NEW YORK (Reuters Health) – Urban black men in the U.S. typically fit few fruits and vegetables into their diets and most are unaware of how many servings they should be getting, a new study suggests.

Health experts generally recommend that men eat at least nine servings, or about 4.5 cups, of fruits and vegetables each day. But in the current study, of 490 urban, mostly immigrant black men, the average intake was just three servings per day.

What’s more, 94 percent were unaware that men should strive for nine daily servings of fruits and vegetables. When asked what health experts recommend, most of the men in the study chose “one to four” servings as their answer.

Dr. Randi L. Wolf, an associate professor of human nutrition at Columbia University in New York, led the study. The findings are published in the Journal of the American Dietetic Association.

In the U.S., black men face elevated risks of many health problems that could be partly ameliorated through a healthy diet — including obesity, high blood pressure, type 2 diabetes and heart disease.

Yet research shows that black adults, whether foreign- or U.S.-born, have particularly low intakes of fruits and vegetables.

It’s not that black men do not recognize the value of such foods, Wolf and her colleagues found. Ninety-four percent of the study participants knew that fruits and vegetables are a key source of fiber, and just as many recognized that the foods offer health benefits — though they often could not specify what those are.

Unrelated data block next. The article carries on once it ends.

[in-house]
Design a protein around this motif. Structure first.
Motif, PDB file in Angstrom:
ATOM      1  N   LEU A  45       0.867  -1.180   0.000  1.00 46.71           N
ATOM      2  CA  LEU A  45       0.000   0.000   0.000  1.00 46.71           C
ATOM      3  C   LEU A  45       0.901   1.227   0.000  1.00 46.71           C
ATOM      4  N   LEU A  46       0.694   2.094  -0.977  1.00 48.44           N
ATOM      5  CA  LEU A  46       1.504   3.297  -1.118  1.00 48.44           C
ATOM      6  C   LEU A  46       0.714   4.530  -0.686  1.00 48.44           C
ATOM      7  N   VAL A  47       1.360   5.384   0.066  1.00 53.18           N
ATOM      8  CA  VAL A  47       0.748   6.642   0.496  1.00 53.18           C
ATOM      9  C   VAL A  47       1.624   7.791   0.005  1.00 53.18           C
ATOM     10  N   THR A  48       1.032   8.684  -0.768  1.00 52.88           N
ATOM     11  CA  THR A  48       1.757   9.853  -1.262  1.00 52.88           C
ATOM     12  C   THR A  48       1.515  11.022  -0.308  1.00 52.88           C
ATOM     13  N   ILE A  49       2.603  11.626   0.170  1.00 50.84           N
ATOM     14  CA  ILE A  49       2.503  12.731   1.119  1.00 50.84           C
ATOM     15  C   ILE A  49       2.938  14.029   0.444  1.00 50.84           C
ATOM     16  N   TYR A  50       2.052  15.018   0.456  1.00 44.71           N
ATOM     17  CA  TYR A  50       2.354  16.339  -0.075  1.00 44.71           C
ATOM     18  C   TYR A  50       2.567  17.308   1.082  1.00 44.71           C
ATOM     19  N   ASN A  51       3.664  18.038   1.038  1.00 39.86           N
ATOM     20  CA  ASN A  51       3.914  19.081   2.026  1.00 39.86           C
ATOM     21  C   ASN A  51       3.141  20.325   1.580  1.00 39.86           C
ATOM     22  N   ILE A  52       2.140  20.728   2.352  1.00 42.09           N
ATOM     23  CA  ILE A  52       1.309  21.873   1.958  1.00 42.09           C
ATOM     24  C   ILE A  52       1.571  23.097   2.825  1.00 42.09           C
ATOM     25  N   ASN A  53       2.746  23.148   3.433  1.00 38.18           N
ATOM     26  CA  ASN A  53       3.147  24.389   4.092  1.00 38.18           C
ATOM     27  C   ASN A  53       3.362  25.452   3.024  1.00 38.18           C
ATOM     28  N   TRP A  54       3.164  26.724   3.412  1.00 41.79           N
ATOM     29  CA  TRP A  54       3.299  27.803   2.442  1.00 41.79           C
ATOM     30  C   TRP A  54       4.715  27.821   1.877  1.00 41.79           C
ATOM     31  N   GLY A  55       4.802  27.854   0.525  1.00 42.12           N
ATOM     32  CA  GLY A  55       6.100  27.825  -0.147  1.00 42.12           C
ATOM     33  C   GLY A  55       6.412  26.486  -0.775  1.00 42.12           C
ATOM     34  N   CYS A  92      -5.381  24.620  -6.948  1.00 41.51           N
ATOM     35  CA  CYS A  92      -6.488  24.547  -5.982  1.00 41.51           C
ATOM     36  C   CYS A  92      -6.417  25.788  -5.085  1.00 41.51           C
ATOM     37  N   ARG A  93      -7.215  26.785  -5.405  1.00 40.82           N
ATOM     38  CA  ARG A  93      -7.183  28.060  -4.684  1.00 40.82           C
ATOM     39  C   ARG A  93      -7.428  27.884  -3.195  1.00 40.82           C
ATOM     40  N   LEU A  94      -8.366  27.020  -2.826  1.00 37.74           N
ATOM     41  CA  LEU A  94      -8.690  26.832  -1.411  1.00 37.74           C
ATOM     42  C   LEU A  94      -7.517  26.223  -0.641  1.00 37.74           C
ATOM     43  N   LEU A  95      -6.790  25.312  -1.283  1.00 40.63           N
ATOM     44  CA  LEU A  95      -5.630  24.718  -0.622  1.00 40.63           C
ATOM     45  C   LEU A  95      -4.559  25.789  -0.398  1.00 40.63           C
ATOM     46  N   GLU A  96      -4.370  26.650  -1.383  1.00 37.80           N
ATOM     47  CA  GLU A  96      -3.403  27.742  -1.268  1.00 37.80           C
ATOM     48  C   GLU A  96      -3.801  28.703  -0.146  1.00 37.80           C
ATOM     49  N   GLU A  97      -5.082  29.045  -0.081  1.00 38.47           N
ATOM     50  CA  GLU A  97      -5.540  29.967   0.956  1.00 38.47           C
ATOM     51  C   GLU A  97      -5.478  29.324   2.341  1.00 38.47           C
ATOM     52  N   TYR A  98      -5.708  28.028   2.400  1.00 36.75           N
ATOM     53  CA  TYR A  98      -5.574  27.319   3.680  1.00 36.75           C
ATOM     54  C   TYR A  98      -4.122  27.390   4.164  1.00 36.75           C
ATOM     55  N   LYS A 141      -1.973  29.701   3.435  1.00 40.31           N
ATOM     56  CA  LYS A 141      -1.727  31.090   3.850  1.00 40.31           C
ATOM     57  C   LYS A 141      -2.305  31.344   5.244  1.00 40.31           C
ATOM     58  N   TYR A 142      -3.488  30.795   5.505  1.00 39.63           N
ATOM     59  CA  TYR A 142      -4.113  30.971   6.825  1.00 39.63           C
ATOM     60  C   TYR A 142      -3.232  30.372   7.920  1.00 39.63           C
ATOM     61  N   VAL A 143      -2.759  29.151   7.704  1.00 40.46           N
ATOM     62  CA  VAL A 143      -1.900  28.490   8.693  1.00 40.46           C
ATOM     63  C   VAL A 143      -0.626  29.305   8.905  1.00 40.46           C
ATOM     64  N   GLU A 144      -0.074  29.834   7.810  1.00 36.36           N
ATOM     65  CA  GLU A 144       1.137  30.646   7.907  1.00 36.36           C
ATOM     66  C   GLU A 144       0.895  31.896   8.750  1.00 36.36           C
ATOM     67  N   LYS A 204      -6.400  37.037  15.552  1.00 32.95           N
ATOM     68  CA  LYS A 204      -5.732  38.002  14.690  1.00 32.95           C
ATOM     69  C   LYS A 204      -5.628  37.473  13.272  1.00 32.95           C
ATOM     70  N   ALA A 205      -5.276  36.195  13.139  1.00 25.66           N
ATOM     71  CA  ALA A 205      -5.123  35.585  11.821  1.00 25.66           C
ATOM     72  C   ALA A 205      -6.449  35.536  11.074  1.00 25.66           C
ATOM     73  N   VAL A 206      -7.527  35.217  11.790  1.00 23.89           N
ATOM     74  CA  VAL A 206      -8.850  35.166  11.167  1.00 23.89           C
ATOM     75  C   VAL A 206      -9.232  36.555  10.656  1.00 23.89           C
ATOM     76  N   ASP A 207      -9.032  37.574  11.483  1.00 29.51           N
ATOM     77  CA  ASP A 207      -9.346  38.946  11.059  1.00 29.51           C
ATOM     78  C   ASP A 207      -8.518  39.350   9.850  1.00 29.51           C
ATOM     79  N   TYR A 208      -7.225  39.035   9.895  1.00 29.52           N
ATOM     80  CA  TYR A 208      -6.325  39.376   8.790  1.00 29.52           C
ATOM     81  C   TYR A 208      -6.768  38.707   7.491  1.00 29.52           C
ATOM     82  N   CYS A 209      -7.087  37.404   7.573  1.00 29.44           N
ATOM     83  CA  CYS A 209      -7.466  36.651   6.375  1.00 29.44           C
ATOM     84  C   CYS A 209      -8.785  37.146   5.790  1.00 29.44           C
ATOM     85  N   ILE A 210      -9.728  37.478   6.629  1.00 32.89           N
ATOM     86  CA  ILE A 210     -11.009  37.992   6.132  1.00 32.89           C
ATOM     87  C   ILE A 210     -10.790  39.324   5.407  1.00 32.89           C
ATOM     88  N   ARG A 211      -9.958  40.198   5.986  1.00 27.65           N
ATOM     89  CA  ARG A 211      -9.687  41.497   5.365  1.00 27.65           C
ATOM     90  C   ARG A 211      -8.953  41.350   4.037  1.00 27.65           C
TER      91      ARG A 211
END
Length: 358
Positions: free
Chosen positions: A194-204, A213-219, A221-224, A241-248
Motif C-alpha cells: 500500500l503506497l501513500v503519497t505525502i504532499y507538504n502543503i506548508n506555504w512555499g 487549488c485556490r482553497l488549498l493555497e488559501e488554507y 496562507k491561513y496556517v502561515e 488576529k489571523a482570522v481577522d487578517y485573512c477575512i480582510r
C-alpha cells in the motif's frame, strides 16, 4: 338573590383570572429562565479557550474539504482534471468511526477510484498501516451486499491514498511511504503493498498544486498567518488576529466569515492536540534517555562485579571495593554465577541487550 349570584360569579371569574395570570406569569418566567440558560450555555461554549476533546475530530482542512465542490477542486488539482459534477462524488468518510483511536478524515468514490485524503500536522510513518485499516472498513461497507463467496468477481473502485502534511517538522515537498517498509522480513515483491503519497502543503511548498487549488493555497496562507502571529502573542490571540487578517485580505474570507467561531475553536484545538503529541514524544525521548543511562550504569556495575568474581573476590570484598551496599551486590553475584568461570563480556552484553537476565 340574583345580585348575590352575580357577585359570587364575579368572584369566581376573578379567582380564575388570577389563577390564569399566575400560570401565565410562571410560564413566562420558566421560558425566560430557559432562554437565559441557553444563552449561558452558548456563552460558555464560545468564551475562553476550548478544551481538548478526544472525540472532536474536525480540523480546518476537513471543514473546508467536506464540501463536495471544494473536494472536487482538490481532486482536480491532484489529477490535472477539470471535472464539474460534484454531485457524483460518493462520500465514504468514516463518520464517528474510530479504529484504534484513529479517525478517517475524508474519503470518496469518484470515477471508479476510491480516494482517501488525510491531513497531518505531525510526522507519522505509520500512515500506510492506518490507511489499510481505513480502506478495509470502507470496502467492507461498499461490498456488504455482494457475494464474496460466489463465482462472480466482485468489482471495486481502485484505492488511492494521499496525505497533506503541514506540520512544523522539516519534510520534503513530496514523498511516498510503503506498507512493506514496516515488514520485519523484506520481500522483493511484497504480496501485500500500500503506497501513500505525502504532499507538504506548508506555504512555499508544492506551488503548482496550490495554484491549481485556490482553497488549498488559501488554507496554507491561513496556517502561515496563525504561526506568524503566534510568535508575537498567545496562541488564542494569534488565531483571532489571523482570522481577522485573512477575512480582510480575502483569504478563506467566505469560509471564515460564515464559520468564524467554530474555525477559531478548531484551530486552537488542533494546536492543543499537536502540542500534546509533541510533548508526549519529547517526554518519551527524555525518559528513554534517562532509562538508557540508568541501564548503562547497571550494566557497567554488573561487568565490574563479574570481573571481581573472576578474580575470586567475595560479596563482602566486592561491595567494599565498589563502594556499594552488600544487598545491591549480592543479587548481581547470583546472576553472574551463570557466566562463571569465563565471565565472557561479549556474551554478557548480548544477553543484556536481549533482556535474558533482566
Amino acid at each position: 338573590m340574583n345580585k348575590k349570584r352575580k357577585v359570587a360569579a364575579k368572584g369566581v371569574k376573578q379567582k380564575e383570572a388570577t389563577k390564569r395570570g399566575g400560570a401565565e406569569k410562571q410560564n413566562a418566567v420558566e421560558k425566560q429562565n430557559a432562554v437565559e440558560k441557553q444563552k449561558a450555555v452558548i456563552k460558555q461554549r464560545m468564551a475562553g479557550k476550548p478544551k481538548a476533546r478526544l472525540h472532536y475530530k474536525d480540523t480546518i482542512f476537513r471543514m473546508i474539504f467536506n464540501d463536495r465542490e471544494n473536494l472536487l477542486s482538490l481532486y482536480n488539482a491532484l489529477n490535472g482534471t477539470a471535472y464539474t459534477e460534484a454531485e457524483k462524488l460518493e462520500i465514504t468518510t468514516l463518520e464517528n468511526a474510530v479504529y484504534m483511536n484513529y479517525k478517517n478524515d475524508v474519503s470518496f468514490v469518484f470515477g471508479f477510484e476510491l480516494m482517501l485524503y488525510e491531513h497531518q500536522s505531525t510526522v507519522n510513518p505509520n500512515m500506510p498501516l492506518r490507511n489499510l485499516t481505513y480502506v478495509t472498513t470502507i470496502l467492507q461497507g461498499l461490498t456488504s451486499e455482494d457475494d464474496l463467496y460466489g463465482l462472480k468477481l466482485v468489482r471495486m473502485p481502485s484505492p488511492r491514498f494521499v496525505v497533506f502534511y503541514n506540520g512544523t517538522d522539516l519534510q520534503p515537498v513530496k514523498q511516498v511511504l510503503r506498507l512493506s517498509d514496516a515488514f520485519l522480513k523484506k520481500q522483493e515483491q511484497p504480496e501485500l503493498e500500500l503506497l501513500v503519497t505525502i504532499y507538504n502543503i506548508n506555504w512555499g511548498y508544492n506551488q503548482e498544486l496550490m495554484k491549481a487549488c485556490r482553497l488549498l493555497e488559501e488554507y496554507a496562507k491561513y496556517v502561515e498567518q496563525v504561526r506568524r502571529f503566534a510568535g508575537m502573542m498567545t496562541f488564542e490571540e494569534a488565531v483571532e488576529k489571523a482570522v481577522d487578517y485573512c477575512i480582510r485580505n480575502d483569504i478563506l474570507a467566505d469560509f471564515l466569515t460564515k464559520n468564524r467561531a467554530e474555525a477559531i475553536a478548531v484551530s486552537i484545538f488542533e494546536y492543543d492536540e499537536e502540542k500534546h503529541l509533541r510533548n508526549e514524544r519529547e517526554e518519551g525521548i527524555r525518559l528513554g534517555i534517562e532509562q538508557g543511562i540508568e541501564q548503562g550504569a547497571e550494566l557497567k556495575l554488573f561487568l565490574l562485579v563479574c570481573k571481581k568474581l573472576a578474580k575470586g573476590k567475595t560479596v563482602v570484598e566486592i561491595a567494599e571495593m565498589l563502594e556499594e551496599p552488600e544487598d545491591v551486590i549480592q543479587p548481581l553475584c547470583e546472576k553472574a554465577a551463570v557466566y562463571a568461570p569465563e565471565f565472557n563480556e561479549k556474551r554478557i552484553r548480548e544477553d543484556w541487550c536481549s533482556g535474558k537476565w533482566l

In addition, most of the men knew that vitamin and mineral supplements are not a substitute for eating fruits and vegetables.

Still, the fact that so few men knew that they should strive for nine servings a day is “alarming,” according to Wolf’s team. The few men who were aware of the recommendations, they note, did tend to eat more fruits and vegetables.

The findings highlight a need for effective ways of getting the healthy-eating message out to black men, in particular, the researchers say.

That, Wolf told Reuters Health, includes not only mass-level efforts — like the federal government’s “9-A-Day” campaign — but more-individualized education interventions to raise awareness of the official recommendations, and how to meet them.

For example, the researchers recently completed a study looking at whether an education program delivered over the phone can boost fruit- and-vegetable consumption in urban, primarily immigrant black men.

Those results have not yet been published.

“The lack of awareness of the current dietary recommendations related to fruits and vegetables is alarming,” Wolf and her colleagues conclude, “and implores health experts to rethink how messages about diet and nutrition can reach this population.”

SOURCE: Journal of the American Dietetic Association, August 2008.

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